While it is common practice to differentiate instruction, it is perhaps less common for teachers to consider how to differentiate assessment. Chapman and King (2005) propose that assessing students' dispositions is no less important than assessing their work. Tomlinson and McTighe (2006) discuss the ways that assessment can be responsive to the learner:
- Understanding our learners (assessing student dispositions)
- Providing options to show student learning (assessing student work)
Understanding our learners (assessing student dispositions)
There are several theories of learning styles which suggest that people have different ways in which they learn best. A few of these theories include: Howard Gardner's Multiple Intelligences, Anthony Gregorc's Mind Styles, and David Kolb's learning styles (see the links below for more information).
The utilization of a tool to assess multiple learning styles helps the teacher understand how the student learns and also how the student shows learning best. Most importantly, the student begins to understand how she learns and how she shows her learning most effectively. Sensitivity to student modalities is critical not only in the arena of assessment; but also, in designing instructional activities.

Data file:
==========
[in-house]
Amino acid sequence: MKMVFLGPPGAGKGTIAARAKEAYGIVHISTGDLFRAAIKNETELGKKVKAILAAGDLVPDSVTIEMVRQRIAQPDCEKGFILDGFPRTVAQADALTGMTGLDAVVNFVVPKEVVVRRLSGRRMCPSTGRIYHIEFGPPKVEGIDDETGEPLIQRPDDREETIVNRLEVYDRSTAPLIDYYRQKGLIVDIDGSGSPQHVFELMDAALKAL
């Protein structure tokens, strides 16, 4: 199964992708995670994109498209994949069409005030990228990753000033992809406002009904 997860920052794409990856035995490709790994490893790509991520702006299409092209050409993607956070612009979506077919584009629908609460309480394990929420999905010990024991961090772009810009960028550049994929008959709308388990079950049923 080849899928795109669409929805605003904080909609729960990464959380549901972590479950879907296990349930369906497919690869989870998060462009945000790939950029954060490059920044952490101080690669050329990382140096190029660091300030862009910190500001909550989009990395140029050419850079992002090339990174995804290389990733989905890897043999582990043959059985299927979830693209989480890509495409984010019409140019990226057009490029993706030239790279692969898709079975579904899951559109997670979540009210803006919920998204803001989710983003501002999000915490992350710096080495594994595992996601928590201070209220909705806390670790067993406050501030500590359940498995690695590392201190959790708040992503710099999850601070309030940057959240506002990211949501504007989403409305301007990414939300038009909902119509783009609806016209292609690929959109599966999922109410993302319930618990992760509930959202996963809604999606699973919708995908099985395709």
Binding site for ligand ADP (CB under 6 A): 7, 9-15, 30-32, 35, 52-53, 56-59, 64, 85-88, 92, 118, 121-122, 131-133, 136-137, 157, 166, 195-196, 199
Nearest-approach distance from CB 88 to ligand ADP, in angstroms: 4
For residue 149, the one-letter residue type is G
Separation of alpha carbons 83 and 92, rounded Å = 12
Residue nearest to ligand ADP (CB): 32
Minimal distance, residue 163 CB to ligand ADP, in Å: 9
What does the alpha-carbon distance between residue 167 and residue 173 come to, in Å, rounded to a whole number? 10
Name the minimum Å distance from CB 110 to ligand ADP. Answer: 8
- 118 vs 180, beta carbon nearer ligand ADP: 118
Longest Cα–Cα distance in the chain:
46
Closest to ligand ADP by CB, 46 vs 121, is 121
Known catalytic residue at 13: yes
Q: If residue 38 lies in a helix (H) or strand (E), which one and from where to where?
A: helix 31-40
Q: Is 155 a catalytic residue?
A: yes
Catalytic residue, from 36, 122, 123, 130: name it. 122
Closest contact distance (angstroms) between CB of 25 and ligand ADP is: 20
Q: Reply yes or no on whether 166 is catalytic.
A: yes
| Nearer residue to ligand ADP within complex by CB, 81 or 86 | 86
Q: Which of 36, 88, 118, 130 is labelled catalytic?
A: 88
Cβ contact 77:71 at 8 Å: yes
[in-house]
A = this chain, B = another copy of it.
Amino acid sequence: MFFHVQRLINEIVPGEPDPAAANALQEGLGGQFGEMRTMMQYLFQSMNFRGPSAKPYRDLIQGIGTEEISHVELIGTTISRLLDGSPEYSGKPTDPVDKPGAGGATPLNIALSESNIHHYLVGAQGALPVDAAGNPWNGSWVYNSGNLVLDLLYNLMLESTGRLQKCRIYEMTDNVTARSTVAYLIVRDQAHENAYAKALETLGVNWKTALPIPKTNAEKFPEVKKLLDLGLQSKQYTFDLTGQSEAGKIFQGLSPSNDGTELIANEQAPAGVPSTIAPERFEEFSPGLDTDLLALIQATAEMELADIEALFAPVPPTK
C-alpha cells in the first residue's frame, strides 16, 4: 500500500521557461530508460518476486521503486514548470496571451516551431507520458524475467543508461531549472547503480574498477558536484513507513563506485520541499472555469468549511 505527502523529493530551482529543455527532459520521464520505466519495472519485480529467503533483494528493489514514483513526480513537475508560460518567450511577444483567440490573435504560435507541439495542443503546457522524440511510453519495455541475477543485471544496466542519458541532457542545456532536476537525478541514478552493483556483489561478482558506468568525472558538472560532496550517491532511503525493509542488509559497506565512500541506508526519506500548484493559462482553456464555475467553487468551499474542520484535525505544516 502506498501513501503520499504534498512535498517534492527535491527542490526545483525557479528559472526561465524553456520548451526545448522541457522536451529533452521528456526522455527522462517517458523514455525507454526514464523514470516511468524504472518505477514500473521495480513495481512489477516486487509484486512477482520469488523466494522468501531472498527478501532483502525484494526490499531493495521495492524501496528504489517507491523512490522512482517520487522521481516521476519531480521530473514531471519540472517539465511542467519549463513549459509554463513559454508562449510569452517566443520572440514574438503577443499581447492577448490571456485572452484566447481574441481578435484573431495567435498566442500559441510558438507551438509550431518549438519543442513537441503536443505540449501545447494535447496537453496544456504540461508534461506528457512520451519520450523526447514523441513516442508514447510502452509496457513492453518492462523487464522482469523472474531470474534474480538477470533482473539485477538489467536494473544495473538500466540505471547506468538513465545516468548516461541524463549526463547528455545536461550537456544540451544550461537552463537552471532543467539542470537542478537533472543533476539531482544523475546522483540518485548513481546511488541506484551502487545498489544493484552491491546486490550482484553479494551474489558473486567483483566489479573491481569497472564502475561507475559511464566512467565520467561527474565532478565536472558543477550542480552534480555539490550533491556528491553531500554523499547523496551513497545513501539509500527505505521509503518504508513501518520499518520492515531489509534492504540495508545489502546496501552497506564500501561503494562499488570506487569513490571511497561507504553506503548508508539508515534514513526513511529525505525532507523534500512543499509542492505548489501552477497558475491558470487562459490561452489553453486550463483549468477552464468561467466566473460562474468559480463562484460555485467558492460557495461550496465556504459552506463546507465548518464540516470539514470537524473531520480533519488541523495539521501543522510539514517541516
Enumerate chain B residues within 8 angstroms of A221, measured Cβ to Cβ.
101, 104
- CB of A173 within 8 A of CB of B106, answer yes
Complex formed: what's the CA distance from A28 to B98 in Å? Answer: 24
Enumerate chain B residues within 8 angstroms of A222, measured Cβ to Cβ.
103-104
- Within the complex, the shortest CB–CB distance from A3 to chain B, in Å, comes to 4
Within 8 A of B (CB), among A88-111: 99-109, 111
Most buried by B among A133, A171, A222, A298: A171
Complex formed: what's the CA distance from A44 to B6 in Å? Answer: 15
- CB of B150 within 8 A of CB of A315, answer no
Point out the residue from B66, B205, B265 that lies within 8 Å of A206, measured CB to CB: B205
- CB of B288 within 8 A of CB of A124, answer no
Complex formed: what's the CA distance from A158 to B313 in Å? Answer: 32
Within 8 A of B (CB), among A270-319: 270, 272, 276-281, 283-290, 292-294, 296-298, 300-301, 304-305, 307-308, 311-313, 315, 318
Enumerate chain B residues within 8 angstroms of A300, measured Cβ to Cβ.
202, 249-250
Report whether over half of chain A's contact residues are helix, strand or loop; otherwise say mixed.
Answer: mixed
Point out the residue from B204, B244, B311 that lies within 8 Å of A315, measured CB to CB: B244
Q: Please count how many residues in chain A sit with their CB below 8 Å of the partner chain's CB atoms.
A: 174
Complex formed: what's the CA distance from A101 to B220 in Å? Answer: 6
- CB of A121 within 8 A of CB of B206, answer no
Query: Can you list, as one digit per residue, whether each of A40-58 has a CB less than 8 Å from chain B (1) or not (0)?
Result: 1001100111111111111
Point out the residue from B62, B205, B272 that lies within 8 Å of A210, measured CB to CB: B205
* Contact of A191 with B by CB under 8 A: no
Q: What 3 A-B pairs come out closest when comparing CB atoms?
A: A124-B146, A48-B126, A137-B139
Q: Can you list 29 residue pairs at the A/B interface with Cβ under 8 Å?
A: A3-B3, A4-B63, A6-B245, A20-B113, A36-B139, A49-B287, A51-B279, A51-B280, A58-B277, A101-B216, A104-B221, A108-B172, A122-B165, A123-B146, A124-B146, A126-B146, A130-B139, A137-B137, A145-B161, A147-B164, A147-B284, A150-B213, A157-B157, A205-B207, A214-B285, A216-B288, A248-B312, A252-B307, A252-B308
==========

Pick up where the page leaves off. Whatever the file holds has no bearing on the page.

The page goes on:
Providing options to show student learning (assessing student work)
Tomlinson and McTighe (2006) state that assessment becomes responsive when the students are given options to adequately show their knowledge, skill, and understanding. The caveat is that the options available must provide requisite evidence based on the identified learning goals.
Santa (1988) devised a writing strategy to help students demonstrate their understanding of information. This strategy, known as RAFT (role, audience, format, topic), provides students with an organizer that informs their understanding of purposeful writing and point of view (see the following link for more information:
Many teachers have devised systems that allow students to demonstrate their understanding by using a product menu. Tomlinson and McTighe (2006) use a Tic-Tac-Toe card that allows for individual choice that appeals to student strength and interest (see Table 5). Choice cards are a strategy that allow a student to submit a proposal for an alternative form of evidence.
Table 5: Tic-Tac-Toe Card for Student Choice
Directions: Choose three boxes that form a tic-tac-toe now. Choose products that will help you demonstrate what you know and stretch your skills.
Tic-Tac-Toe menus provide students options regarding how they will demonstrate mastery.